My freshmen year, I roomed with my best friend from high school, Meg*. I assumed it would be the most epic match in the world. We already spent all of our time together; we had the most fun together. It made sense for this to translate to college and living together. Yeah, not so much. I learned that year that there is a giant difference between spending all your time together and actually living together.
What do I mean by this? Meg and I always had our problems and, being as close as we were, we both wrongly assumed we knew everything about each other. This put us in a tricky position because those tiny annoyances that were easy to live with when we lived a seven minute drive away from each other became exponentially harder to endure when our lofted beds were four feet across the room. Pet peeves we already recognized became gigantic, fueling monsters of hate when brand new annoyances were added. She'd loan out my DVDs to neighbors; I'd leave my books on the futon and the passive-aggressive WWIII continued until spring semester when she moved out. She literally snuck off in the middle of the night with all of her things (and the TV!) and moved in with a friend down the hall. I will be lying if I said I wasn't relieved.
Looking back now, I realize that a big part of our problems stemmed from our lack of communication. If the two of us had been open and honest about the way we felt, we probably wouldn't of had many of the problems that we had. We both assumed the other would just know our boundaries and it hurt/was enraging when that wasn't the case. It's easy to get coddled in the idea that because you know the person, living together will be a breeze. If anything, I feel it's more work. Living with a stranger allows for the opportunity to build a friendship as you're getting to know each other as roommates; living with friends takes conscious effort to recognize that you are still learning about this person despite prior years of friendship.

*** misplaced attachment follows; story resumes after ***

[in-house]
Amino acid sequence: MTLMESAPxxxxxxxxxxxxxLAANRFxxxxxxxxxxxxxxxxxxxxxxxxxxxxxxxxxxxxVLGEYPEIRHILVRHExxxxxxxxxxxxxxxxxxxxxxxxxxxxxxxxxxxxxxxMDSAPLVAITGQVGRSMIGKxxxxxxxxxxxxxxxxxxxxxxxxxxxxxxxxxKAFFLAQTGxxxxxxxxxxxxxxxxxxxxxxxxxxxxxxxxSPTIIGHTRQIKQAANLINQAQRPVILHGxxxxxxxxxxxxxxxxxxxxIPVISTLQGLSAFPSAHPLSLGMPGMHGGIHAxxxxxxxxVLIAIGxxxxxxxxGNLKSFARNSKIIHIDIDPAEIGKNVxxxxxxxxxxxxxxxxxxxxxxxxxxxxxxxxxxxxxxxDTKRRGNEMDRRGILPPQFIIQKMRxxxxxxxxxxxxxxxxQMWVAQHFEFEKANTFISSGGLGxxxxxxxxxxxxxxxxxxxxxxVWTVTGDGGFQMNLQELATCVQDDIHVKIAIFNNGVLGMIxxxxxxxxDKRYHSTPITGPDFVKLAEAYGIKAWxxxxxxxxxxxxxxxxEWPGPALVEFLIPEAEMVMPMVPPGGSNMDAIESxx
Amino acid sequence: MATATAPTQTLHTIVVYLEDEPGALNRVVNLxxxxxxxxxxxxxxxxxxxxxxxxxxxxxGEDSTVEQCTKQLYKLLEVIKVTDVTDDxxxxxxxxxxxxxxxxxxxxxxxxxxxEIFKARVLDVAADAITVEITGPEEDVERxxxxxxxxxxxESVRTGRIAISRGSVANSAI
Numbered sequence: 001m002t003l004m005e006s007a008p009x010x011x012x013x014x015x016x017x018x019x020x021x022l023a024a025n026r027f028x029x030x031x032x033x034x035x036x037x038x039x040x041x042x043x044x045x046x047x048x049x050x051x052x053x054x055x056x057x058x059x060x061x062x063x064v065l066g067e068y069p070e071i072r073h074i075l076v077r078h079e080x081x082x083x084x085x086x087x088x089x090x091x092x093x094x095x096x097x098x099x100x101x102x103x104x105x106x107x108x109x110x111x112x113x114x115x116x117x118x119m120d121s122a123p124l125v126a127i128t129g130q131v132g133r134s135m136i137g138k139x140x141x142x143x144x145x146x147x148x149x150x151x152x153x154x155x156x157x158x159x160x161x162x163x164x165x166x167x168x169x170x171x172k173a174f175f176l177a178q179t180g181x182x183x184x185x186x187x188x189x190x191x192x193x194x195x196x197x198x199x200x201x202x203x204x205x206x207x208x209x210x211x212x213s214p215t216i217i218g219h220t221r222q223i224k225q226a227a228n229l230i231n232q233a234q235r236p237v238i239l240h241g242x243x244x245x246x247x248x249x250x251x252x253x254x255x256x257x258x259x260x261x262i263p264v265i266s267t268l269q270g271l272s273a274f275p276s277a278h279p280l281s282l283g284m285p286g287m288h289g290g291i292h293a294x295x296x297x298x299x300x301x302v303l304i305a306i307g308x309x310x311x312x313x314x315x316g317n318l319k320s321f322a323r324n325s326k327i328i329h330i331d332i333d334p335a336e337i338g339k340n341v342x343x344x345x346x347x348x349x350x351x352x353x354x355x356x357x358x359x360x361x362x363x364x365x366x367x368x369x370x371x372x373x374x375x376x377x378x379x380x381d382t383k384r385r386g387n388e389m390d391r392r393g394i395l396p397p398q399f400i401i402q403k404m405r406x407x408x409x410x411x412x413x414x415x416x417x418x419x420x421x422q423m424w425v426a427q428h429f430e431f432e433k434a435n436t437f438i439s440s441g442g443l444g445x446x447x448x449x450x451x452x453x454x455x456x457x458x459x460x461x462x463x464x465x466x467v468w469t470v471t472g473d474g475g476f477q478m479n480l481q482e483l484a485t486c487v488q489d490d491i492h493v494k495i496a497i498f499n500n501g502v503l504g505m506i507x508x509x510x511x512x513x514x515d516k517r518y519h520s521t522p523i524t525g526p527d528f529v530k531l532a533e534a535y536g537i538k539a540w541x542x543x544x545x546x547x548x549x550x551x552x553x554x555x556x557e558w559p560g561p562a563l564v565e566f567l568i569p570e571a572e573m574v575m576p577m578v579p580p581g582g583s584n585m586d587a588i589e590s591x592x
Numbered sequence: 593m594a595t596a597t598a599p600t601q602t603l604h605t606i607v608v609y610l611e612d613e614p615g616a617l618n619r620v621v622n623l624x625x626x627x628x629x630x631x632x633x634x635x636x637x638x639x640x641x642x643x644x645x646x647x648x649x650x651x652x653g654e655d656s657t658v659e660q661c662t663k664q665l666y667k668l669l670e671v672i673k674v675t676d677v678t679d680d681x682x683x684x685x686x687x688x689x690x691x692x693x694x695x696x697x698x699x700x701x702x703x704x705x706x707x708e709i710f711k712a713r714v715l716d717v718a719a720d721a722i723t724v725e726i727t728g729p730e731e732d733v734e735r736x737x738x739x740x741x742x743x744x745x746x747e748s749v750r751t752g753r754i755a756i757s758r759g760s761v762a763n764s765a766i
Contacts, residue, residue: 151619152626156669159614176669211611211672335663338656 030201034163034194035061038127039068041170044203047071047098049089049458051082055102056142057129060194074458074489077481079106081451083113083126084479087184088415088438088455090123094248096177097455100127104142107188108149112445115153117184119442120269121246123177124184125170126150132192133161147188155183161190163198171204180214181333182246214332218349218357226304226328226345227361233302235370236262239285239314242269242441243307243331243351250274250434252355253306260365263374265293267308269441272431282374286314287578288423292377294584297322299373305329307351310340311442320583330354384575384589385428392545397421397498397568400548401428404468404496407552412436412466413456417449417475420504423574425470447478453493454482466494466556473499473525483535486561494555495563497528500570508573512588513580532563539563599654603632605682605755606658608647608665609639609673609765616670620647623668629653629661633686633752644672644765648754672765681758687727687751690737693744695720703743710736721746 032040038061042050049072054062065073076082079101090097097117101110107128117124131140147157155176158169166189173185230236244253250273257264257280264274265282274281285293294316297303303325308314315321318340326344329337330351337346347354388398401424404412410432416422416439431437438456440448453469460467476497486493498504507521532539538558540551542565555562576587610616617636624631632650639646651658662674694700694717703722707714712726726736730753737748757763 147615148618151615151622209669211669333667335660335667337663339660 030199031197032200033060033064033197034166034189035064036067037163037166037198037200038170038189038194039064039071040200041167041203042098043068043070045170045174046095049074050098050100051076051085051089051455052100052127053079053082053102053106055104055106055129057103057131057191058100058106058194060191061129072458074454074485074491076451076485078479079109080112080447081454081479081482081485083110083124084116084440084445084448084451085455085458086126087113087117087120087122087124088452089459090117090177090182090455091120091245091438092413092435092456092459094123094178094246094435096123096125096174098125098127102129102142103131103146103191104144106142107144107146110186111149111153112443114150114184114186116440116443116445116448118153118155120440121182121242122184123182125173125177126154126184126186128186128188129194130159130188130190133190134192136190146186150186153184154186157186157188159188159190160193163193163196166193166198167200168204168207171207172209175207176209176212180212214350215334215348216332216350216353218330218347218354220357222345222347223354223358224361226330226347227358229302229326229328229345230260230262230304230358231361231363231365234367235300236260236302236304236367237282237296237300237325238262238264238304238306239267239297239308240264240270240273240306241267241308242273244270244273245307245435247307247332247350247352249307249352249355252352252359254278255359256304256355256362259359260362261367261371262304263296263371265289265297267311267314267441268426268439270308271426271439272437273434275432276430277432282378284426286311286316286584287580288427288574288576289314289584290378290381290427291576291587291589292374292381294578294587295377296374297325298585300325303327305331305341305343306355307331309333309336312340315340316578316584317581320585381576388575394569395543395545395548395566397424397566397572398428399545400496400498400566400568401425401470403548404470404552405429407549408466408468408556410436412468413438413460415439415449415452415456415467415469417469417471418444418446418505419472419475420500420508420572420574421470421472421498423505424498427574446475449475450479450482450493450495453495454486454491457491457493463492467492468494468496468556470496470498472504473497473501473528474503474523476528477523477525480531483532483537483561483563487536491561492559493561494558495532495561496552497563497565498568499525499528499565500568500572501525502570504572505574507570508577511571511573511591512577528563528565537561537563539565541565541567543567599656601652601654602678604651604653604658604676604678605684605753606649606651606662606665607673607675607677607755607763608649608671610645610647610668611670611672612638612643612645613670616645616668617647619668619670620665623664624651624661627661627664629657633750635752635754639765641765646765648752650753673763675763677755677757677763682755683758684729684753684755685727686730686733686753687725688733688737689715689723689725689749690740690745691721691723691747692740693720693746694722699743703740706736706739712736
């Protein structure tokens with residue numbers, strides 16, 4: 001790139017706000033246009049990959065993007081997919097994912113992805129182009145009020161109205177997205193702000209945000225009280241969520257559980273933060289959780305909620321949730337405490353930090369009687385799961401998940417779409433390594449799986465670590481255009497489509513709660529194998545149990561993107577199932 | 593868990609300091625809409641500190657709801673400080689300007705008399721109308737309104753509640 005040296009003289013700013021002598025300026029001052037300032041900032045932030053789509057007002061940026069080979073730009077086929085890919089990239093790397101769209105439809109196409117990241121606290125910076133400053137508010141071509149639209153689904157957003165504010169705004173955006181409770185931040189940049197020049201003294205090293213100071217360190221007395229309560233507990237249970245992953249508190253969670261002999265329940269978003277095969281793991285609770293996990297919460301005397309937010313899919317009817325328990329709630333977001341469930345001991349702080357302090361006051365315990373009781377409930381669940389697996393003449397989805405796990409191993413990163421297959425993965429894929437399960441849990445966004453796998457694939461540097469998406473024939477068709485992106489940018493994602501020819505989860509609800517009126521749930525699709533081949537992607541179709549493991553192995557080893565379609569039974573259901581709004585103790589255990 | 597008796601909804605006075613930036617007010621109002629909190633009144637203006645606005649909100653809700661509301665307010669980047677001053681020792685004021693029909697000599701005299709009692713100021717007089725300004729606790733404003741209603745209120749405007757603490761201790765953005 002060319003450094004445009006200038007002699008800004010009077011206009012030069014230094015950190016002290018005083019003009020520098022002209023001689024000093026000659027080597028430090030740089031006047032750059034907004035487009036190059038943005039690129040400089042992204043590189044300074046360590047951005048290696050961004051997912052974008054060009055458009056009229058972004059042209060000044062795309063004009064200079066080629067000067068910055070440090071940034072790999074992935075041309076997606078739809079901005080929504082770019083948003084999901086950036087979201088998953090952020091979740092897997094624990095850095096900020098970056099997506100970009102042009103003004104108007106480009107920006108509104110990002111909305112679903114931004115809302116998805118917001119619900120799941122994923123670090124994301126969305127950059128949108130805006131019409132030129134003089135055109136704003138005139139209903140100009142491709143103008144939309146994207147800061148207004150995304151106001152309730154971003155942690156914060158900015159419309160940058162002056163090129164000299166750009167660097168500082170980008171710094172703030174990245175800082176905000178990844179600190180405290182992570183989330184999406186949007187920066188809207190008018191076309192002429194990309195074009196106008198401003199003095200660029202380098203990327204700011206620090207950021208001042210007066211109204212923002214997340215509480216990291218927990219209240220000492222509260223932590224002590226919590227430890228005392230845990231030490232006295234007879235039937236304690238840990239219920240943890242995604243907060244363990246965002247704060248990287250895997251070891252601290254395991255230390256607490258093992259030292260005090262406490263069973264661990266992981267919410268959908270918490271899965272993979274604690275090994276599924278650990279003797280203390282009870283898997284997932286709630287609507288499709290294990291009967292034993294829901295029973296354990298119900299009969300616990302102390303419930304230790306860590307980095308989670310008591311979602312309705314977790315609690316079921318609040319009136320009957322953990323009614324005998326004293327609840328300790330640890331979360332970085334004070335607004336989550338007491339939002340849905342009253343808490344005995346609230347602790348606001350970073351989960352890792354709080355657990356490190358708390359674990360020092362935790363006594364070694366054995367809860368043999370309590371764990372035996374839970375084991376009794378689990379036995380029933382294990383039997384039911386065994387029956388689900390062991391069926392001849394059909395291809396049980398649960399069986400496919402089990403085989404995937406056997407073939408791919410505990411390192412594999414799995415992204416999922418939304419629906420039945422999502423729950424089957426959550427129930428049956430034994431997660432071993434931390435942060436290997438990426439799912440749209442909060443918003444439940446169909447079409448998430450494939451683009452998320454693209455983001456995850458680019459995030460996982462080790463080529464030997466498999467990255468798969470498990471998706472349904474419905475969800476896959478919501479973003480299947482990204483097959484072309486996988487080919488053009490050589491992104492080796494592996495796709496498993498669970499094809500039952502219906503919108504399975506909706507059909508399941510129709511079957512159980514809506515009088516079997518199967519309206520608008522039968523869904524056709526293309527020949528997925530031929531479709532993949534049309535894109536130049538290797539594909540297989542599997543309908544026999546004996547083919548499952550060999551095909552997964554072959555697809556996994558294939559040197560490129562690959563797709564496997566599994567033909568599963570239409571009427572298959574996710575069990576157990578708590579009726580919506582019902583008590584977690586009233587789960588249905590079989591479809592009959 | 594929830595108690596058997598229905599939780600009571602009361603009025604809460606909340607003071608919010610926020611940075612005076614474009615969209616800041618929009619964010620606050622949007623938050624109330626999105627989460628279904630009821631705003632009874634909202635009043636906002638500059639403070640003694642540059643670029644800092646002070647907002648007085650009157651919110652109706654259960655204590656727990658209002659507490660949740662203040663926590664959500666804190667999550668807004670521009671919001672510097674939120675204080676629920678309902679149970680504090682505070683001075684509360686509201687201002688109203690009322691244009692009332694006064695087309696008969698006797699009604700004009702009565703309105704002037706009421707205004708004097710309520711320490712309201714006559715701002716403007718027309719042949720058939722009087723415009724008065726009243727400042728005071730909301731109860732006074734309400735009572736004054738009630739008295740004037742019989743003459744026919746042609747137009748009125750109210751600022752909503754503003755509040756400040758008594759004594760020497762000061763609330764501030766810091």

In all honesty, Meg and I should never have lived together and to this day we no longer speak. But still, the whole experience taught me a lot about myself. I learned to recognize the things that I can compromise and live with, while identifying the areas where I truly needed to grow as a person. Living with Meg allowed me to seek traits that would garner a healthy, living relationship for the future. My relationship with my current roommate is amazing and I truly think a big part of that has to do with all that I learned living with Meg that first year.
*Name has been changed